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ANT253 DANESI language society and culture Test 2 notes

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Department
Anthropology
Course
ANT253H1
Professor
Marcel Danesi
Semester
Fall

Description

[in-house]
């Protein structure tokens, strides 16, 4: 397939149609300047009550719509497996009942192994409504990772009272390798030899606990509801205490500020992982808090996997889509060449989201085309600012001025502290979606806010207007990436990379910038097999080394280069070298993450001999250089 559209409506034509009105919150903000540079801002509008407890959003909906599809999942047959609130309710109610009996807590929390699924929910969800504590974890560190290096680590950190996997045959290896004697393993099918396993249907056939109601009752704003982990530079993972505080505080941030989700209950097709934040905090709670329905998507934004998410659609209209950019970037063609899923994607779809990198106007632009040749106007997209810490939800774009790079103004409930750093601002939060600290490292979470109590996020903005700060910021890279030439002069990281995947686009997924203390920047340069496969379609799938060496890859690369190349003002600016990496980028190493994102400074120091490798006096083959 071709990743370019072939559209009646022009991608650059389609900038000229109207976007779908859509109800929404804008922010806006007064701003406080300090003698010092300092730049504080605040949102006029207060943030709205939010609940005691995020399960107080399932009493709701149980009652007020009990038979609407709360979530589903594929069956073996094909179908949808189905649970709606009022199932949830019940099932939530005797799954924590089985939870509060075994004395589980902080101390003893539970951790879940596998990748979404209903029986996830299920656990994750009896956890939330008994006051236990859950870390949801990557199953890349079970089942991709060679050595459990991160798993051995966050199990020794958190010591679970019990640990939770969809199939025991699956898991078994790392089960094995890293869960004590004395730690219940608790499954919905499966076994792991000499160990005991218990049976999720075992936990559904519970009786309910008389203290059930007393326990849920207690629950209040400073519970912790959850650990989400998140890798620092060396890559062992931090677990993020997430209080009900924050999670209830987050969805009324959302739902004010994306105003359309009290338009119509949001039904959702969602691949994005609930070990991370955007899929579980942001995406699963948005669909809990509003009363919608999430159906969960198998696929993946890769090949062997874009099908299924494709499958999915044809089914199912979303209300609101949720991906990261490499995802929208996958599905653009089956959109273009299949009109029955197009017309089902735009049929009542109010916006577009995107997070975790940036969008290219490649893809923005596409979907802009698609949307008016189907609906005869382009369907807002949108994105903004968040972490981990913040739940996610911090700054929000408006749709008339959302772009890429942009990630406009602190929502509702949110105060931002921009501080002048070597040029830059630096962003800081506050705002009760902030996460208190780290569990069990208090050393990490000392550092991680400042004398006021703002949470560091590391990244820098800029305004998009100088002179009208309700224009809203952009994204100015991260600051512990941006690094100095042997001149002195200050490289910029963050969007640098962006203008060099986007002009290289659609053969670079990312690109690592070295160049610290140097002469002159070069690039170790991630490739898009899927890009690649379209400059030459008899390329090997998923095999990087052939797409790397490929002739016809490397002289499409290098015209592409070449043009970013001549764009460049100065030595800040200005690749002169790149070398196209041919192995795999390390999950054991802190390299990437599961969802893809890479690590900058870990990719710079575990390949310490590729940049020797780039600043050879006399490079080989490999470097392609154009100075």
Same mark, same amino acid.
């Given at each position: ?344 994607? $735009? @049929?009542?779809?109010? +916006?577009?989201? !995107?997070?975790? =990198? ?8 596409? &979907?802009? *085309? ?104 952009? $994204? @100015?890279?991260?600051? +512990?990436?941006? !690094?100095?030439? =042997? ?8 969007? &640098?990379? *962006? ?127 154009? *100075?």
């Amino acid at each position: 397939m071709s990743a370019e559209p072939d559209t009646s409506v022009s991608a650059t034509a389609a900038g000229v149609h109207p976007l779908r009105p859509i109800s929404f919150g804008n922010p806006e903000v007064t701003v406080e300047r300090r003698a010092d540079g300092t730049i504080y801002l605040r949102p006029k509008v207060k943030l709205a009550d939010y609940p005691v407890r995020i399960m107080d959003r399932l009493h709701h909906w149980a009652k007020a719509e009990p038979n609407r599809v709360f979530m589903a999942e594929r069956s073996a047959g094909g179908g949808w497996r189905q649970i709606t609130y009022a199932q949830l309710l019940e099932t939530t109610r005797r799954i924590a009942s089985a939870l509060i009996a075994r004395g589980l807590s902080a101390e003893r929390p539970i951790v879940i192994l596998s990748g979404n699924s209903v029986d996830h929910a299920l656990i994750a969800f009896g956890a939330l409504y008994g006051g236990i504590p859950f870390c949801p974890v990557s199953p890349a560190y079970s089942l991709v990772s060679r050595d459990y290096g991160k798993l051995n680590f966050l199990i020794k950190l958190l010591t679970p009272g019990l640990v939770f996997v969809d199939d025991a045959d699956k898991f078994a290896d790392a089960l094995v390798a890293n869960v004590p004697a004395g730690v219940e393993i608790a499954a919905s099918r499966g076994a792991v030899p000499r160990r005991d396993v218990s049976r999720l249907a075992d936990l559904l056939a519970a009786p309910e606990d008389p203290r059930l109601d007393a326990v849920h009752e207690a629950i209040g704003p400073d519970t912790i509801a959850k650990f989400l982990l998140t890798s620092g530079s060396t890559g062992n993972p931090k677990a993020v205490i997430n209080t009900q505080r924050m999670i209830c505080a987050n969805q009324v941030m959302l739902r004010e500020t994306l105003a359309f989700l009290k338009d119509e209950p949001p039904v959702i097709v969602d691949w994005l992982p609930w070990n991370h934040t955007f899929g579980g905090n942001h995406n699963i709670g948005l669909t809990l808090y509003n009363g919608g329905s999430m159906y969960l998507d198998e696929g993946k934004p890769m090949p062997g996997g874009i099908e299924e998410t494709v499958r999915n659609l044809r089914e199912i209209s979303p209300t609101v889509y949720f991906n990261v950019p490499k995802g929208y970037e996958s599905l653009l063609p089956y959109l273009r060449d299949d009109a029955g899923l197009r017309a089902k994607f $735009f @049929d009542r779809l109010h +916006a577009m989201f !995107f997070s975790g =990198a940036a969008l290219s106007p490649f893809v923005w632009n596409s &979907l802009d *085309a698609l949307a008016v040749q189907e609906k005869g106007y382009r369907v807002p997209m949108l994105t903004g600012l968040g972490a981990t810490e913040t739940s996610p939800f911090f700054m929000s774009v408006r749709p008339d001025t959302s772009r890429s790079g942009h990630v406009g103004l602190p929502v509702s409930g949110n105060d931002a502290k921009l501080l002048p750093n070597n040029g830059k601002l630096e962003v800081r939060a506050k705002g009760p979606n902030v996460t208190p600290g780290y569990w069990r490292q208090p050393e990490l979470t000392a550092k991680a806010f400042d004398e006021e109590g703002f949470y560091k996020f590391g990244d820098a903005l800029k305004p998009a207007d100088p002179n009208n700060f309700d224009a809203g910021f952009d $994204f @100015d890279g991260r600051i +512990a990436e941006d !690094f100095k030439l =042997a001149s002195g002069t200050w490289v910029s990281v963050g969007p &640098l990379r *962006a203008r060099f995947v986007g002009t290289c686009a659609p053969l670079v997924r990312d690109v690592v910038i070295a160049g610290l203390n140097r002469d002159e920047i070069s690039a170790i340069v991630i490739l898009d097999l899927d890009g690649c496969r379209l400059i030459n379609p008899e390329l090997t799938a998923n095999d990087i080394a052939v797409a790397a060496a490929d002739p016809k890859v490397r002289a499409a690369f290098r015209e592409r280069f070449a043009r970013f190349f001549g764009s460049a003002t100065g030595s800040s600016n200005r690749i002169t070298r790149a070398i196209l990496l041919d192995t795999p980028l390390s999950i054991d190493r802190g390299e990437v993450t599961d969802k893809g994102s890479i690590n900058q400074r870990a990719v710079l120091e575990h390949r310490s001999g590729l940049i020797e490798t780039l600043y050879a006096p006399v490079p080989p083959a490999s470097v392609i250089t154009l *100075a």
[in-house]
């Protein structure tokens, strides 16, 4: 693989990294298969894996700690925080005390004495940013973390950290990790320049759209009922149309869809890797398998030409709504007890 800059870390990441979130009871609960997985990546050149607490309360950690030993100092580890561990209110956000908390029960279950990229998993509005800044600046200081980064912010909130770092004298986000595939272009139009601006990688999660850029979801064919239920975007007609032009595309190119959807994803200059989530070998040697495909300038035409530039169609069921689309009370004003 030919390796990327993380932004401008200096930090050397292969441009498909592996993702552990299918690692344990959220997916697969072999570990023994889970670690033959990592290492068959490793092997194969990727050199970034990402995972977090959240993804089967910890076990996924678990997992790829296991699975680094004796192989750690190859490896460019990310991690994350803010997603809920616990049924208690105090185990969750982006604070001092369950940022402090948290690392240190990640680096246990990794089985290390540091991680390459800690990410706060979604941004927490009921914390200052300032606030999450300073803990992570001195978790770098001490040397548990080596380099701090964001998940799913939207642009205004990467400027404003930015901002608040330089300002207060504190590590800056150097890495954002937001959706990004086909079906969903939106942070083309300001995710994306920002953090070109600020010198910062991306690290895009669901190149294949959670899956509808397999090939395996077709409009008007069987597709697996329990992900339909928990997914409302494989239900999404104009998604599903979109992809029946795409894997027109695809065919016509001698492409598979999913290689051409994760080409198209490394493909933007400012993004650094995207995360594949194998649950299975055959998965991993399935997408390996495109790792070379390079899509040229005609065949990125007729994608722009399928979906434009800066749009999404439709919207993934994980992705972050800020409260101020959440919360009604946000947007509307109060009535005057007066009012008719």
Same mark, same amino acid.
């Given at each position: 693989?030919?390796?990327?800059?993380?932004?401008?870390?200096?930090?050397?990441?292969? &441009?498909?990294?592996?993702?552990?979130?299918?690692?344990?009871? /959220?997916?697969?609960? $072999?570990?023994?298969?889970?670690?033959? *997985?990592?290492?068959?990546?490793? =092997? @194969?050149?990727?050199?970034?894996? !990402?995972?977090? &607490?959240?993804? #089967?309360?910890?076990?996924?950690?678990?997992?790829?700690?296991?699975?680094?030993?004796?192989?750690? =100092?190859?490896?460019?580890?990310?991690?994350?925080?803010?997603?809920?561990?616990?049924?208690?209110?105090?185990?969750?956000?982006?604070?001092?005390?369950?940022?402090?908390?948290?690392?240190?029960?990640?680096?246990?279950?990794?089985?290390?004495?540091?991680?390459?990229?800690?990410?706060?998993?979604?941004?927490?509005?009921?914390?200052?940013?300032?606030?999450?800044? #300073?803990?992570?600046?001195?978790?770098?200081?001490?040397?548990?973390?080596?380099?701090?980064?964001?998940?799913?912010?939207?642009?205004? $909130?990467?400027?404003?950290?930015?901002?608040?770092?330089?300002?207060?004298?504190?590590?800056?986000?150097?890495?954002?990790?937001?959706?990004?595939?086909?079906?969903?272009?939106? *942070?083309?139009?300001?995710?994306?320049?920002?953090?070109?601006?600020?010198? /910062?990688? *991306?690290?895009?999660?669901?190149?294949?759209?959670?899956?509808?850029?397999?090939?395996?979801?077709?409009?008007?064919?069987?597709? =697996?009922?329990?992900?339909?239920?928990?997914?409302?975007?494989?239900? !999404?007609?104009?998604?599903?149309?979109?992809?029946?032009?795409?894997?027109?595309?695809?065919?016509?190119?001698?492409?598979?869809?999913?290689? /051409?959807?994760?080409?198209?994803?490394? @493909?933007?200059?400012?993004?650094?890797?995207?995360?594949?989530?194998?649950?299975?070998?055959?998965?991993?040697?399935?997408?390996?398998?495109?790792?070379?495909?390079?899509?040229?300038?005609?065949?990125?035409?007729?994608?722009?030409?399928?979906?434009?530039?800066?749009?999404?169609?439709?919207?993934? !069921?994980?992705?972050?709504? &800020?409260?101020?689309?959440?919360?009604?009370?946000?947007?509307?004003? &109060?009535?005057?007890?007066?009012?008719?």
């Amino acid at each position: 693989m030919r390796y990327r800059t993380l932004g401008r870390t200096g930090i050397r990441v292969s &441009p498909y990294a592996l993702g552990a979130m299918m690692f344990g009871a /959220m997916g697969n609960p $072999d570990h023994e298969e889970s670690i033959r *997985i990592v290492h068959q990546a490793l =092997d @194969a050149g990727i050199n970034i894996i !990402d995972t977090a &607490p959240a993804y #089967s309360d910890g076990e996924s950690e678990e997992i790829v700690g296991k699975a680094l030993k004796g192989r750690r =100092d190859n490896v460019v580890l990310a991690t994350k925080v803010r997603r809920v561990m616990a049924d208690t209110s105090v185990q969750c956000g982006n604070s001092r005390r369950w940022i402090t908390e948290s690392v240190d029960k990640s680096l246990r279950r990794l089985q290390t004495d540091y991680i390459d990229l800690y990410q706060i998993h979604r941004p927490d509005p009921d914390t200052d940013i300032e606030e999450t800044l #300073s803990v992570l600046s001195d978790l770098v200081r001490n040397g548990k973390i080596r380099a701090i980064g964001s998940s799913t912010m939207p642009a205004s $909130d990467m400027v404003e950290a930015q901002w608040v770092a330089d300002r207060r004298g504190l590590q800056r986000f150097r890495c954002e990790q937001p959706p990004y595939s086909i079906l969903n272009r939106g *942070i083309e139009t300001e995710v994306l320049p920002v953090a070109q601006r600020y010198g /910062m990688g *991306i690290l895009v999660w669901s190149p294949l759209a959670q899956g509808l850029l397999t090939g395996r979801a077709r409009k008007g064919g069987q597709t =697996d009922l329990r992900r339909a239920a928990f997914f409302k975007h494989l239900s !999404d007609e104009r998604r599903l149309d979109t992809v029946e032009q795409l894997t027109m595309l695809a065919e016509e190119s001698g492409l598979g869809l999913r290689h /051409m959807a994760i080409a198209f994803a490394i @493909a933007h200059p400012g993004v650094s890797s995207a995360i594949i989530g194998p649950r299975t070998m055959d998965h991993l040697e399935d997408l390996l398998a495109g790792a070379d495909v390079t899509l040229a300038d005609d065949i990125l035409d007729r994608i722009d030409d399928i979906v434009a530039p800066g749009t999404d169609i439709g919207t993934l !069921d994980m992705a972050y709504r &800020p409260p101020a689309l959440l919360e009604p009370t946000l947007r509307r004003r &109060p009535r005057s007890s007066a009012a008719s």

Language, Society and Culture Marcel Danesi Test #2 chapters 5, 8, 10 Chapter 5: Language and Social Phenomena there are many words for promiscuous female (ex. slut, whore etc) but few for promiscuous male - out society tends to see female sexual behaviour as less appropriate than similar male behaviour we use different way of speaking to superior people such as boss (ex. Mrs. Mr etc) - Honorifics-> signal differences in class and in types of relations among speakers - age differences, group-based identities LANGUAGEAND GENDER in many societies, there are different words for females and males ex) in Japan, the word for stomach is hara for men and onaka for women ex2) in Koasati, the word for lifting is lawawhol for men and lakawhos for women, which implies that the lifting ability between men and women are different ex3) language spoken on the Island of Carib in the West Indies have gender-coded words: rain-> kunobu for men, kuyu for women gender-coded variation also matters in differentiation in grammar or style as well ex) in Koasati-> 'he is saying' is kas for men and ka for women gender-coded differences exist in English as well - Kramer: speech ofAmerican women was characterized by a softer tone, fewer profanities and a profusion of tag questions (ex. Don't you think?, Isn't it?) - experiment with asking college students whether the unknown speaker of the cartoons was male or female, students were able to distinguish the sex through the ways of speaking in the cartoons - women were found to use tag questions more often than men in some societies, grammatical gender often mirrors perceptions of biological gender roles - ex) 'general human being' refers to man -> the male person - ex) Old English-> wer (adult male) and wif (adult female) -> waepman (adult male person) and wifman (adult female person) - with time, wifman -> wife changes made to English to correct this ex) chairperson instead of chairman, first-year student instead of freshman, humanity instead of mankind however, this biases still exist ex) waiter/waitress, bachelor/bachelorette MARKEDNESS THEORY Markedness theory: the differences in social roles are often marked by differences in vocabulary and grammatical structure - goal: to distinguish the role played by linguistic structures within the language 1. a boy 2. an egg - 1 is unmarked form and 2 is marked one because 1 is most typical representative (non-specific) of a class and 2 is conditioned or exceptional member when markedness features occur in the area of grammatical gender, social repercussions tend to ensue - in Italian, masculine plural form of nouns referring to people-> unmarked one, any person female plural form-> marked, only females ex) gli studenti: all students, males or females / le studentesse: female students gender assignment is unpredictable and arbitrary ex) no link between grammatical gender of a word like Italian casa (faminine) and its referent (house) in societies where the masculine gender is the unmarked form, it is the men who tend to be in charge of social processes and vice versa *grammatical structure mirrors social structure can we potentially change social structure by changing linguistic structure? Yes - adding -ess to job designations ex) waitress - Francophone feminists want to separate male and female terms by adding -e ex) advocate (lawyer) - Mr. Ms. Mrs. Language is adaptive to social changes in ways that would seem to defy the opinions of academic and social critics LANGUAGEAND STYLE Labov-> made tapes on conversations among people in NYC - highest occurrence of the pronunciation of /r/ in young people aged 8~19 - people aspiring to move from lower class to higher one attached great prestige to the way (or style) in which the /r/ was pronounced style: way in which something is said or expressed workers identified with the prestige of their employers and customers and that this identification was mirrored in language pronunciation and use Fischer-> children often alternated between 2 pronunciations of the present participle verb suffix -ing: /ing/ vs. /-in/ - the choice was related to the gender, social class, personality and mood of the speaker - therefore, mood and atmosphere play a significant role in speech Best-> experiment with college students to describe different comedians with words - he was able to determine which comedians were most similar in style to one another ex) Don Rickles and John Bellushi -> insulting Sammy Davis Jr., Flip Wilson and Bill Cosby -> Black, talented choice of descriptive adjective in the original study was likely influenced in part by type and length of sentence used by the comedians as part of their style ex) those comedians labelled as quick had an average sentence length of 5.8, those labelled talented an average length of 10.5, those the way in which words are put together, the lengths of sentences, mode of sentence construction-> convey a certain 'feel' to the humour that people seem to interpret in specific ways Kim-> experiment whether linguistic style of professors correlated with the ratings - the wordier the professor, the lower his evaluations - also, sentence length and style are features connected with job, lifestyle and other social variables active sentences: used to emphasize the speaker as the actor in relation with goal passive sentences: used to de-emphasize the speaker and highlight goal as the 'object' of interest NAMING PEOPLE names-> falls under the branch of linguistics called onomastics Toponym->place names ex) JohnAppleby (because John lives near apple trees..;;) inAboriginal names reflect the culture of a particular tribe Hebrew names-> religious/biblical ex) Joseph meaning 'the lord shall add' or David 'beloved' Greek and Latin-> concrete social situations and abstract qualities ex) George meaning 'farmer' or Virginia meaning 'maidenly' Teutonic names usually consist 2 elements ex) William-> Wille (will, resolution) and helm (helmet) English names-> use morphemes from other languages to construct names ex) Hebrew word dan meaning judge -> Daniel name-giving can also be tied with the time of birth, birth order or parents' emotional reaction to the birth itself ex) Esi (sunday), Wekesa ('harvest time'), Dada ('curly hair'), Felicity ('happy reaction') later, surnames were given to distinguish and group people into different families Chinese first known people to use more than one name - 3 names: first name is family name, second generation name, third given name Romans first used only one name but changed to 3 names - 1) praenomen- givth name 2) nomen- gens or clan 3) cognomen- family name - sometimes added 4 name-> agnomen in early Italy, people were called by the surname, which showed higher hierarchy sometimes nicknames became the surnames ex) Reid, Reed, Read -> early spelling of red, referring to a man with red hair ancient Egyptians believed that the names were the living parts of an individual - they believed that if an individual lost their name, the deceased would have to undergo a second death - to avoid this, they wrote their names on walls, tombs, and papyri in Middle East culture, the name told the person's characteristics ex) digits of number were added to produce a 'personality number' number derived by substituting the letters in a person's name with digits totalled 95, this number is split to 9 and 5 and added; 14, this number was split 1 and 4 and added; 5 - the number 5 represented the person's personality ex) number 1 means forceful and ambitious, number 2 means quiet and shy etc in Hebrew, ancient art of gematria, which showed that letters of name could be interpreted as digits and rearranged to form a number that contained secret messages encoded in it in Roman, there is a believing that nomen est omen; name is an omen ex) Cecil Fielder; a fielder in baseball William Wordsworth; poet Mickey Bass; musician names link people to culture and tradition things with names have personality, those without names do not e